Thus, you may find driving a school bus more conducive to your work schedule. Plus, you already know it only requires a few hours of your time early in the morning and during the afternoon. There won’t be any unexpected obligations or extra work. Knowing what to expect will prevent you from burning out and establish limits for how much you will actually work.
Don’t Forget the Taxes
Typically, your full-time job deducts taxes out of your paycheck without you giving it a second thought. However, your side gig likely won’t do the same, even though you still have to fork over taxes to the IRS just like everyone else. Plus, if you’re an independent contractor or self-employed, you’ll be paying both employee and employer taxes. This means the government will tax you at a higher rate.
Additionally, you must make quarterly estimated tax payments on your self-employment income. Skipping a payment or paying late may result in a penalty fee. Therefore, setting aside one-third of your side gig income for taxes is a good idea. When April rolls around and it’s time to file your taxes, consider working with a professional, especially if you’ve never had a side gig before. They can help you file correctly, avoid penalties and maybe even save you some money.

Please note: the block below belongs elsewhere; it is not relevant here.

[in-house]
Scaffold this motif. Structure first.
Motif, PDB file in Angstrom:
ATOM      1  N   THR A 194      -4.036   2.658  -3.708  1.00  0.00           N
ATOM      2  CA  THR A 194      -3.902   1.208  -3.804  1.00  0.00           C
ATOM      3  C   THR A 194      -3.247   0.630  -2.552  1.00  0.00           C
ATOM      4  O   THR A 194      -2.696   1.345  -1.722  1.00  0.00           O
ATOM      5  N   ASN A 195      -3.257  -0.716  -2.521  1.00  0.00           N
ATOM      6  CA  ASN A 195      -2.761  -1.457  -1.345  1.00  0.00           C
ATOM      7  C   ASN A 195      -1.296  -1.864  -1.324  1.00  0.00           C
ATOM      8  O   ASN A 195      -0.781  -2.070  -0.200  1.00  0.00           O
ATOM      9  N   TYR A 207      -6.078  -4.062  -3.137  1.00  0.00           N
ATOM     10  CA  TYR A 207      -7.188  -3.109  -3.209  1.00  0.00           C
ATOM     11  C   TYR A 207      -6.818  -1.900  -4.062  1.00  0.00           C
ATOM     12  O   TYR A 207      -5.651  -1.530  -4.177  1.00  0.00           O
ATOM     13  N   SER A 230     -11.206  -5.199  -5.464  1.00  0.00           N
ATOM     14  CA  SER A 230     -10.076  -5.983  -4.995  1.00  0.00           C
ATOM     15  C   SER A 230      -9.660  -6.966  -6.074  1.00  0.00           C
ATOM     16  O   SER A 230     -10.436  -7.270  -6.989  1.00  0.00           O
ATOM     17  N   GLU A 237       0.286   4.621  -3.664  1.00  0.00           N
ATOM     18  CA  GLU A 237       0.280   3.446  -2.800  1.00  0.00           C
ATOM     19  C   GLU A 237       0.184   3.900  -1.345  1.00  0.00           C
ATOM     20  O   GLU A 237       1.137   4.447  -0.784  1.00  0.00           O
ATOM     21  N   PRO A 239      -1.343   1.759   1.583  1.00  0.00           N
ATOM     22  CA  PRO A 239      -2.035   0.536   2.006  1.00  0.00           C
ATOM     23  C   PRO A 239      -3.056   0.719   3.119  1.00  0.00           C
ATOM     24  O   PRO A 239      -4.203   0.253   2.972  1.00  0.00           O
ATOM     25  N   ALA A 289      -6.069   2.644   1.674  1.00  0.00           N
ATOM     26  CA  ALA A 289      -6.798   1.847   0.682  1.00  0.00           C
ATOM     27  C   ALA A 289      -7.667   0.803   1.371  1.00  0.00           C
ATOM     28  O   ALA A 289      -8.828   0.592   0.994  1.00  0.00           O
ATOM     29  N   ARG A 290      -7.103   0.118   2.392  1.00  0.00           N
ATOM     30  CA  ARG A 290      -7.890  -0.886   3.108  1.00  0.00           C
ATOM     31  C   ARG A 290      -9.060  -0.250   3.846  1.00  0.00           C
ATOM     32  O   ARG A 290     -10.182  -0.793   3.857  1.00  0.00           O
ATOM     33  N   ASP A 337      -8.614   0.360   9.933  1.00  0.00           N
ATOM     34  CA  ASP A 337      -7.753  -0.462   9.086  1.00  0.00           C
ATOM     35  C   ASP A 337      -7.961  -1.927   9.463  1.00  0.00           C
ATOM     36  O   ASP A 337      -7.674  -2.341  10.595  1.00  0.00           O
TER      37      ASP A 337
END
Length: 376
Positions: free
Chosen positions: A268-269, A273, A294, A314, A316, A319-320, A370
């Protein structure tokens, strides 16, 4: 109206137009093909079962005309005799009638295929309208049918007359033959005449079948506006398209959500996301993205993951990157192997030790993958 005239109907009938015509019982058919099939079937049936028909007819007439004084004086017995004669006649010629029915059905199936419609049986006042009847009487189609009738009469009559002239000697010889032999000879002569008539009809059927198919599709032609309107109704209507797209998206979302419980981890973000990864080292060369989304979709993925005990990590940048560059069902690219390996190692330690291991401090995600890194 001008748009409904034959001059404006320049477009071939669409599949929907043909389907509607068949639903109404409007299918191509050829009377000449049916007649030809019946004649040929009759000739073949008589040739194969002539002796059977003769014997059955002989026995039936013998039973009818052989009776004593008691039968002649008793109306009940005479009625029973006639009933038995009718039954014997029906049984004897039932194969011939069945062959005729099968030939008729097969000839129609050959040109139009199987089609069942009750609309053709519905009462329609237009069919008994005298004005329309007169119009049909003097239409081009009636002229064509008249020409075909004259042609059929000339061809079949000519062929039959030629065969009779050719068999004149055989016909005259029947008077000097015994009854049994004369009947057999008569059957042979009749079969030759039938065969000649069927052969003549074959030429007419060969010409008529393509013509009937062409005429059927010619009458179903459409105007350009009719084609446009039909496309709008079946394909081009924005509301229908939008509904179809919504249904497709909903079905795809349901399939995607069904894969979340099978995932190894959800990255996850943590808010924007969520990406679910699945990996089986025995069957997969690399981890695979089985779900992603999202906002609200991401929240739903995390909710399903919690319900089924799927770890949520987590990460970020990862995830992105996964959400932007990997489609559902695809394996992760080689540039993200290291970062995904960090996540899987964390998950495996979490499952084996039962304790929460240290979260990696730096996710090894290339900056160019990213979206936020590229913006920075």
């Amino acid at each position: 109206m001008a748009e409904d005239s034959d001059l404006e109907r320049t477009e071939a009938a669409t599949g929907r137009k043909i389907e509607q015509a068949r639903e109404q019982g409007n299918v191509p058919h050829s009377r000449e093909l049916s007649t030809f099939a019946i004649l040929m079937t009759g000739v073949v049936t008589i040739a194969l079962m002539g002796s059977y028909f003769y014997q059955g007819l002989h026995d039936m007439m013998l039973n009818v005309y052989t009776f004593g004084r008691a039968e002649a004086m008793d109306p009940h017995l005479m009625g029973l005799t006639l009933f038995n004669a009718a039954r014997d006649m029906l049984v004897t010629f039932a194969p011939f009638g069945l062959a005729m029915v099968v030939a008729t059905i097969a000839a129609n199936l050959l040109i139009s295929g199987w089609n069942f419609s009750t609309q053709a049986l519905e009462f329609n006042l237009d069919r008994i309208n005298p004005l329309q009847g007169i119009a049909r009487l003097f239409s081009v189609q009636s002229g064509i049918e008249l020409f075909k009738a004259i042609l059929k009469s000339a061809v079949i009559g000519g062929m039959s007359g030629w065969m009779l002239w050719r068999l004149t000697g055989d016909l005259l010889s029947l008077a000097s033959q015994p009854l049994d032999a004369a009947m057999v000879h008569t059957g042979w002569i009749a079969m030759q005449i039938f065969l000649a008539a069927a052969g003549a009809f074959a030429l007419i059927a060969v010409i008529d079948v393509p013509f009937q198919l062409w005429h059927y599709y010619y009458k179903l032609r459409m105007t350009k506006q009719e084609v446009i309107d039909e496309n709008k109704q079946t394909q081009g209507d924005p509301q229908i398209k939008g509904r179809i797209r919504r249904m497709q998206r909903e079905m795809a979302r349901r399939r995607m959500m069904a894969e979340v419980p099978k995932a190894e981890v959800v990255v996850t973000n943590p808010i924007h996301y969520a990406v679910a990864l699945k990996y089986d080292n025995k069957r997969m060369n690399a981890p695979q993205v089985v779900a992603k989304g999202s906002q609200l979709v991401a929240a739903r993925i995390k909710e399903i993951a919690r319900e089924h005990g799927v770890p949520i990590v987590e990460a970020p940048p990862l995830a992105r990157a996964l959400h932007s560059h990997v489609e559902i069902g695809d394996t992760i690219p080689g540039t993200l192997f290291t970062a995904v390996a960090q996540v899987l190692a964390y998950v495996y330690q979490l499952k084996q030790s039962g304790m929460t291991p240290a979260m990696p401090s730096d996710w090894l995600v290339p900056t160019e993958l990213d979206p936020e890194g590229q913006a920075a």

Consider Your Future
Having a side gig while working full time is completely doable — as long as you keep your priorities straight. Remember, your full-time job should be your No. 1 concern, especially if it is your man source of income. A side gig is only supplemental. However, as you re-evaluate your goals, you may find a deep passion for your side hustle. At that point, you have to give significant consideration to your future.
Are you willing to start your own small business? Can it become your main source of income? Will it allow you to quit your other job? If the answer is yes, it may be time to make your side gig your full-time career. Just be sure to weigh every option and make the best choice for you.